The aim of this seminar is to consider cost benefit analysis as a technique for policy-making. This raises questions about first how this can be carried out and second about whether this approach is desirable. We also consider the relationship between CBA and proportionality. The paper by Sunstein gives a set of practical examples that illustrates how CBA works. If you want more detail, please see the two items on the further reading list. The second item on the reading list is a choice for you of any paper in the Journal of Legal Studies Volume 29 S2 (2000) which is a special issue on cost-benefit analysis. (Pick one and then be prepared to discuss. Suggestions are Frank, Kornhauser and Sen). On proportionality see the paper by Sartor.
Sunstein ‘The Real World of Cost-Benefit Analysis: thirty-Six Questions (and almost as many answers)’ Harvard law school Public Law & Legal theory Working Paper N.13-11
One paper from the Journal of Legal Studies Volume 29 S2 June 2000
Sartor ‘Balncing in the flux of time: the case of the right to be forgotten (2013), avialable at: https://dl.dropboxusercontent.com/u/10505513/GSWorksInPreparationDB/GS2014RightForgotten/RightToBeForgottenModernLawFinal/GS2014TheRightToBeForgottenModernLawRevised.pdf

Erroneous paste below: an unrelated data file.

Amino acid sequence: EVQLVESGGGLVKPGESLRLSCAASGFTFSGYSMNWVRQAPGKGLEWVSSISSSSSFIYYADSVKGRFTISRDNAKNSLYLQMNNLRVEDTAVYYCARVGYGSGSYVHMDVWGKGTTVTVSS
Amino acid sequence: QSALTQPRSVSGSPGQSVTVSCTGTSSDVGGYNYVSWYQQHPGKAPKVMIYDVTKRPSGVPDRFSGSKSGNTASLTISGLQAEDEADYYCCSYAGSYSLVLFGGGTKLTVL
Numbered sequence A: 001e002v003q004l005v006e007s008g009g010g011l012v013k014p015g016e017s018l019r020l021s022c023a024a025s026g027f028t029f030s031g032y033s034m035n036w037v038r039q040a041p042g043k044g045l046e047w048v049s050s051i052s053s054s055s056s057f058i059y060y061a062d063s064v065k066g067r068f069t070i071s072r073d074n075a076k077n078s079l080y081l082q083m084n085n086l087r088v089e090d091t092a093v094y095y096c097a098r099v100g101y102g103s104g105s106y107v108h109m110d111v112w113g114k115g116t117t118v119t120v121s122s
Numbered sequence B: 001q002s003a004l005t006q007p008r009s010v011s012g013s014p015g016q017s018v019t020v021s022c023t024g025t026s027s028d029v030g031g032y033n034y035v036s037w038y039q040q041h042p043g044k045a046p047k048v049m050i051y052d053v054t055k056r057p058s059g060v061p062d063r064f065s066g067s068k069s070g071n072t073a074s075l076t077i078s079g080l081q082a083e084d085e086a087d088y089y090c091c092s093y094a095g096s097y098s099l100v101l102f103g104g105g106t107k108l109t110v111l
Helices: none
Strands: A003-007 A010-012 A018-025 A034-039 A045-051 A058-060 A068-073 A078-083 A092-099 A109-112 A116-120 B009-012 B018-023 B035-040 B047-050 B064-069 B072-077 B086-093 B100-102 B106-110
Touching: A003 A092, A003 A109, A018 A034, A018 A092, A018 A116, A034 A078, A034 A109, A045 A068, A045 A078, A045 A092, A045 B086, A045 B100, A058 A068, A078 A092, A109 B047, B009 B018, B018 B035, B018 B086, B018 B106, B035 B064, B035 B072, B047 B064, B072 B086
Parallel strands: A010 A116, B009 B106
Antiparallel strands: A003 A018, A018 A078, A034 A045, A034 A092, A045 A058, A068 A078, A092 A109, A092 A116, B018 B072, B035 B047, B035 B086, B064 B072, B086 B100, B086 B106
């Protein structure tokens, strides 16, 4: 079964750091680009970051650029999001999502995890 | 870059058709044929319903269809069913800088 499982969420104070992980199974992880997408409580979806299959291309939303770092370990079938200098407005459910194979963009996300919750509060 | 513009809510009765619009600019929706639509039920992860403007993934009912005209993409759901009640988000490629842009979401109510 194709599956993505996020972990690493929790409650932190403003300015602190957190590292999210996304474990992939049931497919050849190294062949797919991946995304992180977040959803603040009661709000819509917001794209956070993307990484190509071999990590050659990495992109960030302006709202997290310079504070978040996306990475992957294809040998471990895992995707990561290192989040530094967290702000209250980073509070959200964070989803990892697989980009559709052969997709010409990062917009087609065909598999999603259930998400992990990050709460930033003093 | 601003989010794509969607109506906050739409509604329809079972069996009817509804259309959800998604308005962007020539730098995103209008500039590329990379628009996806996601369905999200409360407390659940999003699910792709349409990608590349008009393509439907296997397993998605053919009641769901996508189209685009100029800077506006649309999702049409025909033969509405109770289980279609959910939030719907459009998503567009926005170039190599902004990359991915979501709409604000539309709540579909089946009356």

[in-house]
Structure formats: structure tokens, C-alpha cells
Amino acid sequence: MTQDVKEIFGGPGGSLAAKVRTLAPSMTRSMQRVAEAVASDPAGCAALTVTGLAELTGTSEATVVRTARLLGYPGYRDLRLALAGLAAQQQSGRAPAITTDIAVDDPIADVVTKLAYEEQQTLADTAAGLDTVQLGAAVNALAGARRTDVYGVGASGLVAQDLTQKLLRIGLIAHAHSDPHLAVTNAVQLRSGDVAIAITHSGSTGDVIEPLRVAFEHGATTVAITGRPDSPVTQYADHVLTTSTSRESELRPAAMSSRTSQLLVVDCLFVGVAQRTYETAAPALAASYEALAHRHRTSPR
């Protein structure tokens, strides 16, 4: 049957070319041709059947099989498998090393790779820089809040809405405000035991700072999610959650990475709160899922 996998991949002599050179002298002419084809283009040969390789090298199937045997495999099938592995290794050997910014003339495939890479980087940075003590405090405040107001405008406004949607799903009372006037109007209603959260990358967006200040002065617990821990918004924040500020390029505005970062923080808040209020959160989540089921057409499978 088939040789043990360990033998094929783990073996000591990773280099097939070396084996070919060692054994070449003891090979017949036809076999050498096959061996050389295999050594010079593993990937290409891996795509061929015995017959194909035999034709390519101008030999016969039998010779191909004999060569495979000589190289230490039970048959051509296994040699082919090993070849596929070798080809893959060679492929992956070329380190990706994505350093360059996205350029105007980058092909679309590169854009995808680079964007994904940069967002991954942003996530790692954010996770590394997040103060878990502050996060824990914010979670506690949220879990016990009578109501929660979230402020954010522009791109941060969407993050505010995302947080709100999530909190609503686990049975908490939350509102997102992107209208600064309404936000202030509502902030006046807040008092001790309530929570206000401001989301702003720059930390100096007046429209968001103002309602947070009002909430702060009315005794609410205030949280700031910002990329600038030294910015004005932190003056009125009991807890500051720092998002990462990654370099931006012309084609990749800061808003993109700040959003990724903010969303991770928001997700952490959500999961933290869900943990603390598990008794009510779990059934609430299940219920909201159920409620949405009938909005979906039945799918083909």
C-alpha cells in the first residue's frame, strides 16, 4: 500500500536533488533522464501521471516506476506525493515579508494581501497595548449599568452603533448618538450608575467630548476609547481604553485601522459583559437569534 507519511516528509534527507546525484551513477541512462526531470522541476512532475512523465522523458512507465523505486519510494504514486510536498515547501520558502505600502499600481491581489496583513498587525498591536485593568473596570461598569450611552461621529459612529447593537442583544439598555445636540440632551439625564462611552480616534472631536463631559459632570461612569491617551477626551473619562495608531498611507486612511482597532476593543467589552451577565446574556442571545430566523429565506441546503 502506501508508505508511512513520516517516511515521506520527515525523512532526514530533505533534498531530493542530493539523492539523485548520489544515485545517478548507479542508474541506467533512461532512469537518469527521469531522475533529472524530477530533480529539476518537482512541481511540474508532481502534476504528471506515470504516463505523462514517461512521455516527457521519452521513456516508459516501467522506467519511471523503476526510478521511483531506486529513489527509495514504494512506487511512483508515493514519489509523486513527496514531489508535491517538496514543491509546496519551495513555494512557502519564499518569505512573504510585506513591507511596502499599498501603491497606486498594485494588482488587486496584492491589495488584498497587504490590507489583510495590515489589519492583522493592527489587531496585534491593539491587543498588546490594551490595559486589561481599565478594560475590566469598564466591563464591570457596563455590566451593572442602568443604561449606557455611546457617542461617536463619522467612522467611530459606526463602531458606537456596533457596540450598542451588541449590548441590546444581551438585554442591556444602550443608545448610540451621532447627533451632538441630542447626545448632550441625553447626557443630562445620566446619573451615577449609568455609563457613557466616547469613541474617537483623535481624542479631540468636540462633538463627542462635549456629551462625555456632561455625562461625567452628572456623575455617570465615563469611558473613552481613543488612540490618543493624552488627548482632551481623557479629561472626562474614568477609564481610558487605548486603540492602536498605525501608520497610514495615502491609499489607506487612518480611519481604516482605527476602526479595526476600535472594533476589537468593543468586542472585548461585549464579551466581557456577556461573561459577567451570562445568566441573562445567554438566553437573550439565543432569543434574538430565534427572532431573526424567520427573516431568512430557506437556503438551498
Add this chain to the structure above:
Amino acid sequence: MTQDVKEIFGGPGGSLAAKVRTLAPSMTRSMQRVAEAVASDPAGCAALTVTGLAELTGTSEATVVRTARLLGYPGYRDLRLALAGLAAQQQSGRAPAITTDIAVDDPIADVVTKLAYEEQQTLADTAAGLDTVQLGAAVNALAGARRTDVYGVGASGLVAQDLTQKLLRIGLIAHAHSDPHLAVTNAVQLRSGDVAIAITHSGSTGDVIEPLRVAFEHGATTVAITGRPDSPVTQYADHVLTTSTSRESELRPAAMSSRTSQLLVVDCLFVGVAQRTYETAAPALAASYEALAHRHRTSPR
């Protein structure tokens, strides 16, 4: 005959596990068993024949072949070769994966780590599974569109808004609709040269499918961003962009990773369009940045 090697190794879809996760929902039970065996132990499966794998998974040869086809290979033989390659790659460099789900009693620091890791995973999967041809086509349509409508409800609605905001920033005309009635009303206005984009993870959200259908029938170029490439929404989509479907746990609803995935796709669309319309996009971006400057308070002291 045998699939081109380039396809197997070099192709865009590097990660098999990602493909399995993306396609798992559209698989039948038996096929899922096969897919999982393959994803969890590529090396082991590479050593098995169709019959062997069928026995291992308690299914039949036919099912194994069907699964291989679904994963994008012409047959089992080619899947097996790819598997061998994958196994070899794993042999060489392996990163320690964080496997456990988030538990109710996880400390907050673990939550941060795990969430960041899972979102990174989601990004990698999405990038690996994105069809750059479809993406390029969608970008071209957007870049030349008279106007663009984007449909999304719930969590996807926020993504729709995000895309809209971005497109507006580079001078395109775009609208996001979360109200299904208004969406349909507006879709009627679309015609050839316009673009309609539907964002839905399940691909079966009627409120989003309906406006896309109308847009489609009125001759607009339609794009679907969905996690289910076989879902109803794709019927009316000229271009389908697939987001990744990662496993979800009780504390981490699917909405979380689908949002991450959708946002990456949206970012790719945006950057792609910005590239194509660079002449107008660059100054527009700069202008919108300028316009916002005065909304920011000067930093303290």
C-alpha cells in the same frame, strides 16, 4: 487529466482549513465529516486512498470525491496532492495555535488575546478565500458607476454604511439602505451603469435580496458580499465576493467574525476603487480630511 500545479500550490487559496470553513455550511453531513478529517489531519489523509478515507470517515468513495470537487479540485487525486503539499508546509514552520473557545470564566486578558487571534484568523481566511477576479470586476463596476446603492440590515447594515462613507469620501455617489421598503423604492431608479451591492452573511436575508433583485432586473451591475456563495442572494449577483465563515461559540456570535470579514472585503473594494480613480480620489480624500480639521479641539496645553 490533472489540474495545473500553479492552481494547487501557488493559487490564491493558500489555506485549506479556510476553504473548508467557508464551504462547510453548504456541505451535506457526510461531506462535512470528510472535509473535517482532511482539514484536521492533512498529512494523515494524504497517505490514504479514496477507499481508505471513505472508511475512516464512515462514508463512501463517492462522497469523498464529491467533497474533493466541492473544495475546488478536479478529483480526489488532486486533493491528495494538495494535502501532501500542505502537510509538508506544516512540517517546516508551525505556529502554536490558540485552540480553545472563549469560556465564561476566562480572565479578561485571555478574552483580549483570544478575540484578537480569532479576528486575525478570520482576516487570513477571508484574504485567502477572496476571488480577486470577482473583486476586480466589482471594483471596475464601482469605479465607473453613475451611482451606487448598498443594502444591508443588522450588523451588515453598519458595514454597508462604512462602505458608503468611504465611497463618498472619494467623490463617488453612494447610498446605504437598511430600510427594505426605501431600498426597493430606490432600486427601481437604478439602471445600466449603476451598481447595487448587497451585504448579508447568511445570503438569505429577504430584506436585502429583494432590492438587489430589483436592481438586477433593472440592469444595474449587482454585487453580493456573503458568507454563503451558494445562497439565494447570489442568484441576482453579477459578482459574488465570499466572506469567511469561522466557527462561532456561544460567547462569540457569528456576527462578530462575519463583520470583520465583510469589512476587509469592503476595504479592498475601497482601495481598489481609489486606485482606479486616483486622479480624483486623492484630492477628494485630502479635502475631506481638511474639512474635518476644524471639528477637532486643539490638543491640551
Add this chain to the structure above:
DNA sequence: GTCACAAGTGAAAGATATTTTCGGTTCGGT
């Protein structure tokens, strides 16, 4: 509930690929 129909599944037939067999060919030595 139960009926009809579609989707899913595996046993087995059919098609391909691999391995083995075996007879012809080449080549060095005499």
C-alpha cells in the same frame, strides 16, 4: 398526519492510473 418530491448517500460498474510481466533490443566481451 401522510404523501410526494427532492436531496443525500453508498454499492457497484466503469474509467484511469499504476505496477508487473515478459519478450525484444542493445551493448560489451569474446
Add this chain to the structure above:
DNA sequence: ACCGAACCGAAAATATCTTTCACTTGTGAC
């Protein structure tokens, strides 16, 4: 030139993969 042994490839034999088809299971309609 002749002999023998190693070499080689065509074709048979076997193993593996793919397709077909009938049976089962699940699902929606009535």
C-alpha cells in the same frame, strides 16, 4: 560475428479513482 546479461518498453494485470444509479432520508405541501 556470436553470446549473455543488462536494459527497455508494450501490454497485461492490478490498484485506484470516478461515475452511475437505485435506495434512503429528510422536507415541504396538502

(if you have trouble downloading thsi please let us know).
Both of these go into some more detail on teh specific technques of CBA
Carson “Contingent Valuation: A Practical Alternative When Prices Aren’t Available.” (2012) 26(4) Journal of Economic Perspectives 27
Fujiwara and Campbell ‘Valuation Techniques for Social Cost-Benefit Analysis: Stated Preference, Revealed Preference and Subjective Well-Being Approaches’ (2011) available at: https://www.gov.uk/government/uploads/system/uploads/attachment_data/file/209107/greenbook_valuationtechniques.pdf